Source: EW Nutrition
Source: EW Nutrition

In clinical and subclinical necrotic enteritis (NE), the intestinal populations of gram-negative bacteria, including Salmonella and E.coli, also increase (Figure 4). The lesions associated with the pathogen compromise the epithelial permeability and the intestinal barrier function, resulting in translocation of bacteria and LPS (Figure 5) into the bloodstream and internal organs.

Figure 4 - Increase in specific bacteria population after a NE challenge (adapted from Liu et al., 2018).

Source: EW Nutrition
Source: EW Nutrition

Figure 5 - Increase in systemic LPS (vs a healthy control) after a NE challenge (adapted from Chen et al., 2015, Li et al., 2018 & Liu at al., 2018).

Source: EW Nutrition
Source: EW Nutrition

Antibiotic treatments

Antibiotic treatments have a rapid antibacterial effect. In case of disease, they can represent a suitable intervention. However, antibiotics should be prescribed by a veterinarian, taking into consideration the disease causative agent, mode of action, and the presence and potential of resistance genes.

Another limitation of the use of antibiotics is the potential LPS release, as in sick animals, the intestinal barrier might be compromised and LPS may pass into the bloodstream, inducing the inflammatory response.

Various oral antibiotics, even at continuous low-doses, promote the translocation of (commensal) bacteria and LPS across the intestinal epithelium. However, antibiotics differ in their potential to liberate endotoxins from bacterial cell walls. For example, some classes of β-lactam antibiotics lead to markedly increased levels of free LPS, while carbapenems and aminoglycosides produce relatively low amounts. In general, a slower bacterial killing by bacteriostatic antibiotics is related with less endotoxin release.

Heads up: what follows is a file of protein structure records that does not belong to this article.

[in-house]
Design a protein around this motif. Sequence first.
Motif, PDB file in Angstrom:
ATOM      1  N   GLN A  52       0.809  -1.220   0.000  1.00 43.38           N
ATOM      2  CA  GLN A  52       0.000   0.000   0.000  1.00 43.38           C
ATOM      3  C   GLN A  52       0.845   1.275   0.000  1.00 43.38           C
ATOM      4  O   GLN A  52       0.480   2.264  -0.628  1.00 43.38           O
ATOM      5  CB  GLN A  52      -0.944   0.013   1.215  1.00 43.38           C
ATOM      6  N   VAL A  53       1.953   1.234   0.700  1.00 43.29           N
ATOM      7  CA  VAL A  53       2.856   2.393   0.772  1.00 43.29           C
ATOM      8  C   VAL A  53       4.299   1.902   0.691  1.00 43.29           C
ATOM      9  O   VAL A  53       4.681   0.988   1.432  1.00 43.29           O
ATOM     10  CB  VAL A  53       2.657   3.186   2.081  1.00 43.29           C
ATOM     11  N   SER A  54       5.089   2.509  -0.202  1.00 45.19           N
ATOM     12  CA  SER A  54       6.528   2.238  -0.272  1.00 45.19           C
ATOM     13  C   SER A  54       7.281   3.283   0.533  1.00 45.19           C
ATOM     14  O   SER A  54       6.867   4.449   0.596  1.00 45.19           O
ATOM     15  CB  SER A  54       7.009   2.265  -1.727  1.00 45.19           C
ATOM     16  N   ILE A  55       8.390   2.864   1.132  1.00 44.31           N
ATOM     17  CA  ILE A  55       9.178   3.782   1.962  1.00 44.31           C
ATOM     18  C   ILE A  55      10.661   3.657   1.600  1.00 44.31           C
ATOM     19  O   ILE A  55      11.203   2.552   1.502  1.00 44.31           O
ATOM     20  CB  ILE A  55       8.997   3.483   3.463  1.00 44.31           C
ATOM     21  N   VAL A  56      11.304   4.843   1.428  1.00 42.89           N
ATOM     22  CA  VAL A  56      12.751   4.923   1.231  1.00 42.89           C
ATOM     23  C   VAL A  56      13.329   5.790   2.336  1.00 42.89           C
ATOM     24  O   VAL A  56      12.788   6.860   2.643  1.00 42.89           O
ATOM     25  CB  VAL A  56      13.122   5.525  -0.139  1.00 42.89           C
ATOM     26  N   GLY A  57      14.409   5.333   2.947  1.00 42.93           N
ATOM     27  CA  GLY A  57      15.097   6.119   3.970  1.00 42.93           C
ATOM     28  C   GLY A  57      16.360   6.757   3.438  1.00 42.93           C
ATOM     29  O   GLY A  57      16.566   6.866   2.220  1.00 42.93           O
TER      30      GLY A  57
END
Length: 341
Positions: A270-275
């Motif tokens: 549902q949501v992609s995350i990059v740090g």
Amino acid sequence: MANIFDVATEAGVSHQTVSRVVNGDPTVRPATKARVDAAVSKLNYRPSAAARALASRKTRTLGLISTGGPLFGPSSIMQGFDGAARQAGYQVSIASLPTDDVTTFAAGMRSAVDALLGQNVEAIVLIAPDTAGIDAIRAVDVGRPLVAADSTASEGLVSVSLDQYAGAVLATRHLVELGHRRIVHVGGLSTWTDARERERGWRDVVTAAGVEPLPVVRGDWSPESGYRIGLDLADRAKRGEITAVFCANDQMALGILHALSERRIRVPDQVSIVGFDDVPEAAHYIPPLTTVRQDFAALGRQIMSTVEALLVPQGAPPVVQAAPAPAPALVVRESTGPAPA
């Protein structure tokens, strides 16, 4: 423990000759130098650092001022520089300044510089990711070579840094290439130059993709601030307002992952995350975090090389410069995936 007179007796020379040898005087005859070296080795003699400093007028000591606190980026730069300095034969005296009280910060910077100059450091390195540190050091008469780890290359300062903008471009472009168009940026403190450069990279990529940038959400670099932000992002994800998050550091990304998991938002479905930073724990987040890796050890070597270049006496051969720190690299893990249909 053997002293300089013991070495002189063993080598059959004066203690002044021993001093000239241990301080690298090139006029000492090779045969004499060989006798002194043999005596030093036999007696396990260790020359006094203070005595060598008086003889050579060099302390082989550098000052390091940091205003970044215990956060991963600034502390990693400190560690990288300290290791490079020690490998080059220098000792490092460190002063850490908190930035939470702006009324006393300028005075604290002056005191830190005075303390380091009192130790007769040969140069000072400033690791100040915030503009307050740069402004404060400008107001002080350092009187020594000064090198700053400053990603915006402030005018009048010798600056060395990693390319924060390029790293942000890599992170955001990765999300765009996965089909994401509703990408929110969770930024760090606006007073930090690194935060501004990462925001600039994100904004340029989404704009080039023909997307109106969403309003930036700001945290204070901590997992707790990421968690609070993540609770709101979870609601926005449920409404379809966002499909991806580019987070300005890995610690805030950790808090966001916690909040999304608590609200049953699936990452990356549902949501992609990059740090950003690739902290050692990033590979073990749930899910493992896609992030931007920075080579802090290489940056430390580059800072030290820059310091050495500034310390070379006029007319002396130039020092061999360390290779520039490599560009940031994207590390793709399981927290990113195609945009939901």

The animal’s response: detoxification and clearance of LPS

Neutralisation of LPS can be achieved by the animals using different internal mechanisms:

  • The secretion of molecules that bind the LPS

Intestinal cells secrete antimicrobial peptides (AMP), some of which can bind the negatively charged LPS due to their cationic nature; once bound to AMPs, LPS is no longer able to trigger inflammation.

LPS binding protein (LBP), produced in the liver and in the epithelial cells of the lungs and intestine, forms a high-affinity complex with LPS and delivers this to the CD14 co-receptor, alerting the immune system of the presence of the endotoxin. At high concentrations of blood LPS, LBP behaves differently: it decreases LPS activity by dissociating it from CD14 and transferring the LPS to lipoprotein molecules that neutralize the LPS. These actions aid in preventing septic shock in high LPS challenges.

  • Enzymes that decrease activity of Lipid A by promoting its degradation

Gram-negative bacterial infections are modulated by Acyloxyacyl-hydrolase (AOAH), a host-enzyme produced by immune cells. AOAH acts mainly in the liver and spleen by deacylating LPS (removing the acyl chains in second chain of fatty acid from Lipid A), producing a LPS structure unable to initiate any signalling.

In the intestine and in the liver, Alkaline-phosphatase (ALP) detoxifies LPS by dephosphorylation of the diphosphoryl moiety of lipid A. In this way, LPS is not recognised by one of its co-receptors and thus no longer activates the inflammatory response.